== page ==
What is the difference between single and double junction?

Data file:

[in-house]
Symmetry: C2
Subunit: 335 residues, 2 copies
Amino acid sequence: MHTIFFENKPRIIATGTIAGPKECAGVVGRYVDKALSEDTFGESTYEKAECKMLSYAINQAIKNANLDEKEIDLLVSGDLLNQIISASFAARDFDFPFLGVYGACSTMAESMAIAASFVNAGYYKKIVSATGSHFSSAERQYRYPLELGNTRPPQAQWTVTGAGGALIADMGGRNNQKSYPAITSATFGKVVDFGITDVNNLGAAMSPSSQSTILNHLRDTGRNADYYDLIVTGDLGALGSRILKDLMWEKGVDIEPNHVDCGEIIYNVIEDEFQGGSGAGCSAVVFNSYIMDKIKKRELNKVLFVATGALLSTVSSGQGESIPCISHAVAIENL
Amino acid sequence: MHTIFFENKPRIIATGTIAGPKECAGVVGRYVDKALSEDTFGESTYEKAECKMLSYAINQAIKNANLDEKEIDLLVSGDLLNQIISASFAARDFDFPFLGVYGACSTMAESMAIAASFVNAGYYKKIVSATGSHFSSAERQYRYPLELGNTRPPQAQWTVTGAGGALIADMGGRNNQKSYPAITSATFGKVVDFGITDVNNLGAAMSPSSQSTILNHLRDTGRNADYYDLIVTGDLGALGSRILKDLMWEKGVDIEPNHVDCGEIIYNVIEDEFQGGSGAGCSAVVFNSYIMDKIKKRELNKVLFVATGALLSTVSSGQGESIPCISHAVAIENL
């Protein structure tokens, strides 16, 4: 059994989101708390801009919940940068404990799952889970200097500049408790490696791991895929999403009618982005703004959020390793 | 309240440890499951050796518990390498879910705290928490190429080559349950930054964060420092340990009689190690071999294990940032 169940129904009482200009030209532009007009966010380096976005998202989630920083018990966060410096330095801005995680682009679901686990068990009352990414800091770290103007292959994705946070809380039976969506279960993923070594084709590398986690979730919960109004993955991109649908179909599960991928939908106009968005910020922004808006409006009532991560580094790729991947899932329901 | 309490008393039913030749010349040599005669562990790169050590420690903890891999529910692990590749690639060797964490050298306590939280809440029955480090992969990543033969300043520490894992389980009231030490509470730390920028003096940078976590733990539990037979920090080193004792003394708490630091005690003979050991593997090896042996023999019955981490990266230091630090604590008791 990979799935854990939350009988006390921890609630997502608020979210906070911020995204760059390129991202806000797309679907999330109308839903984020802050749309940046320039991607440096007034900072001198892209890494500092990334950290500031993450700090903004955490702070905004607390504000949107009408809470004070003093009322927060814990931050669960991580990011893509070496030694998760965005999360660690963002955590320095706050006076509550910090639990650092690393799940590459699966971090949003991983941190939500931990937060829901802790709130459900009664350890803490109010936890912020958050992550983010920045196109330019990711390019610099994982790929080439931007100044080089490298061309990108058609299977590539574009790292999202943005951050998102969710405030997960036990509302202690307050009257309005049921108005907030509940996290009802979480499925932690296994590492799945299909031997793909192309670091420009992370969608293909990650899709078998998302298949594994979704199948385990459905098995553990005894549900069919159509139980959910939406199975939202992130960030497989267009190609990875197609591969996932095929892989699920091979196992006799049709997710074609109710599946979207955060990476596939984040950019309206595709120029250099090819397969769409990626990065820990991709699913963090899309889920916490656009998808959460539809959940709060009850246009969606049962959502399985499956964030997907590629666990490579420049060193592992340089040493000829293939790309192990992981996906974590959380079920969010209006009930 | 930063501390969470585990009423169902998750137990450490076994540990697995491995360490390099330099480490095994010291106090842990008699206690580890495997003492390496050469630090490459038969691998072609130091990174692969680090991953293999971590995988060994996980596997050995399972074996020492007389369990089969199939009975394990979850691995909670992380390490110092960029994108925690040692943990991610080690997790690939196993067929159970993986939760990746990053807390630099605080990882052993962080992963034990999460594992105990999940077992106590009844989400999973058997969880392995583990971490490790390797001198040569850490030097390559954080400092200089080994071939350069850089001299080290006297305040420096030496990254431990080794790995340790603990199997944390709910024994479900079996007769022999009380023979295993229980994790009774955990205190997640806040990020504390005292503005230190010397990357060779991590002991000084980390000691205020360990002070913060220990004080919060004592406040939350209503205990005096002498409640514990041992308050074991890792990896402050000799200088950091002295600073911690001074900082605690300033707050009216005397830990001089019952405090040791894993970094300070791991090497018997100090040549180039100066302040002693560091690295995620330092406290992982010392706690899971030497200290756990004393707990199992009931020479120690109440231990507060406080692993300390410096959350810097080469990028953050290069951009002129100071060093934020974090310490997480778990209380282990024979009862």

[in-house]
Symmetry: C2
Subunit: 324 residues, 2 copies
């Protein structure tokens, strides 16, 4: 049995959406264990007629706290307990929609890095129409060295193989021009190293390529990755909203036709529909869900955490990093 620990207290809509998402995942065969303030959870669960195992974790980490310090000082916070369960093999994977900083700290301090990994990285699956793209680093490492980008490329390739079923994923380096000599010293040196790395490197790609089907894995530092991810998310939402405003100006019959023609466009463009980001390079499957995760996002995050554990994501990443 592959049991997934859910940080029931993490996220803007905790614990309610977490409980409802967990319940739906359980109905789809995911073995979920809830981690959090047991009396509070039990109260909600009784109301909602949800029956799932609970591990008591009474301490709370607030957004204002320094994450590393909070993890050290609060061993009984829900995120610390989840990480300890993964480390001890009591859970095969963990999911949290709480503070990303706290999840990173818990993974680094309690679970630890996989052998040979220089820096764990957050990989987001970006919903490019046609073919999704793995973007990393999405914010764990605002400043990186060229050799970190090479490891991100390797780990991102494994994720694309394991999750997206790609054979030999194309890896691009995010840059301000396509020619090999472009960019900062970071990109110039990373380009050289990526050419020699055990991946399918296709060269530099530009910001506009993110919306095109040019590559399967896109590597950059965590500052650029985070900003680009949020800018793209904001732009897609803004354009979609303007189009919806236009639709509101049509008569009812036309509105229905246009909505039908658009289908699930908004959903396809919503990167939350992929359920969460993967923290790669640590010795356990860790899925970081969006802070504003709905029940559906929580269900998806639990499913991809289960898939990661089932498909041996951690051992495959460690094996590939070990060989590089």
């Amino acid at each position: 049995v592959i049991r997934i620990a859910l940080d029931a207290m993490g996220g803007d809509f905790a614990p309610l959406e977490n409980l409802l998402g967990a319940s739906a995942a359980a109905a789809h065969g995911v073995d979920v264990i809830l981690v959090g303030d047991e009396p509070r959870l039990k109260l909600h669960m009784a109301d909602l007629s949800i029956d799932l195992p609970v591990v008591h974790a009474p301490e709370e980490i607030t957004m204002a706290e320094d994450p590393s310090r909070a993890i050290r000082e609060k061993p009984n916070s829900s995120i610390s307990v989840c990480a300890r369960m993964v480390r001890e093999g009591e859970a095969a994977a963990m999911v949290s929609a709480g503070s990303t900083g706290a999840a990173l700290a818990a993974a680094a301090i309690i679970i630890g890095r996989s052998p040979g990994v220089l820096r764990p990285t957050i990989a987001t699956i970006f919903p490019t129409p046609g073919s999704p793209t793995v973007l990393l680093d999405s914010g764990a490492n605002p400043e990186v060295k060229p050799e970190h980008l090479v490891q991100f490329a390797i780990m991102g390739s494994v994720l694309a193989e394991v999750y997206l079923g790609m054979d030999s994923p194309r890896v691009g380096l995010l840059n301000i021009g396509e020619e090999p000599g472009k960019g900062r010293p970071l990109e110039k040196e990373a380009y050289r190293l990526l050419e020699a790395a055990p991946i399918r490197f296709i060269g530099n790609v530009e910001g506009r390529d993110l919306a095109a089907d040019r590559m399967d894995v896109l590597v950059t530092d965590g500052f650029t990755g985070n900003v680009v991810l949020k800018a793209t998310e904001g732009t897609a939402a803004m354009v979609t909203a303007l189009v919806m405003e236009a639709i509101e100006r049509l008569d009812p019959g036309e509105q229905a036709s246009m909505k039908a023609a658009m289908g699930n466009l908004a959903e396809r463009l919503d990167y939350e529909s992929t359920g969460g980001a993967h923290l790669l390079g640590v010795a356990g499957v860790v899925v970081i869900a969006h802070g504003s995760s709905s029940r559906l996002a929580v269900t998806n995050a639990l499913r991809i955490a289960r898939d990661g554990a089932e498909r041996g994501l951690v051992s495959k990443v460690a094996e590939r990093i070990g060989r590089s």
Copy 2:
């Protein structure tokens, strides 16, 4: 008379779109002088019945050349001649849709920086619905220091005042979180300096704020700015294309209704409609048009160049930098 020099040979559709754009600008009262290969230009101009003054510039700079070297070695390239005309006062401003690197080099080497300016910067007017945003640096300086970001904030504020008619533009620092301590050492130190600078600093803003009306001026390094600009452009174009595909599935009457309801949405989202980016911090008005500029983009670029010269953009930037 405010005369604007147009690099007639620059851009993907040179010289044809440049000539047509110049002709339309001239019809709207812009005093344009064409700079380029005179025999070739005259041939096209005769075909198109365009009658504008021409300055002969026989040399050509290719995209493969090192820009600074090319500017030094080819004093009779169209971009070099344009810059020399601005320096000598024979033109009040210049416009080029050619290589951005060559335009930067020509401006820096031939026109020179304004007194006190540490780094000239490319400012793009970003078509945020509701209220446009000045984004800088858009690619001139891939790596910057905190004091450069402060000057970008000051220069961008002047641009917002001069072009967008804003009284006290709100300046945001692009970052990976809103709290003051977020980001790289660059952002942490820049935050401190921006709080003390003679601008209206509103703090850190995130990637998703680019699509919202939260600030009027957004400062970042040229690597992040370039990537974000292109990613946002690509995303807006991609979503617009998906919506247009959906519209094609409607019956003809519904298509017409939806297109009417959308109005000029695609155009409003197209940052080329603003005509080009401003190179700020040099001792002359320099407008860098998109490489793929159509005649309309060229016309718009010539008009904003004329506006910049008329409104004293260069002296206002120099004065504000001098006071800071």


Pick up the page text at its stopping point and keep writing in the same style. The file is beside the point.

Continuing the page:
Conventional electrodes are normally single junction. These electrodes have only a single junction which serves to put the reference electrode system in contact with the sample. Under adverse conditions e.g., high pressure, high temperature, highly acidic or alkaline solutions etc., the positive flow of the electrolyte through the junction is often reversed resulting in the ingress of sample solution into the reference compartment. If this is left unchecked, the reference electrode ultimately is contaminated, leading to complete electrode failure. Hanna's double junction system, as the name implies, has two junctions, only one of which is in contact with the sample. Under adverse conditions, the same tendency of sample ingress is evident. However, as the reference electrode system is separated physically from the intermediate electrolyte area, the contamination of the electrode is minimized. This leads to long electrode life. The chances of recovery are also higher if proper maintenance procedures are taken.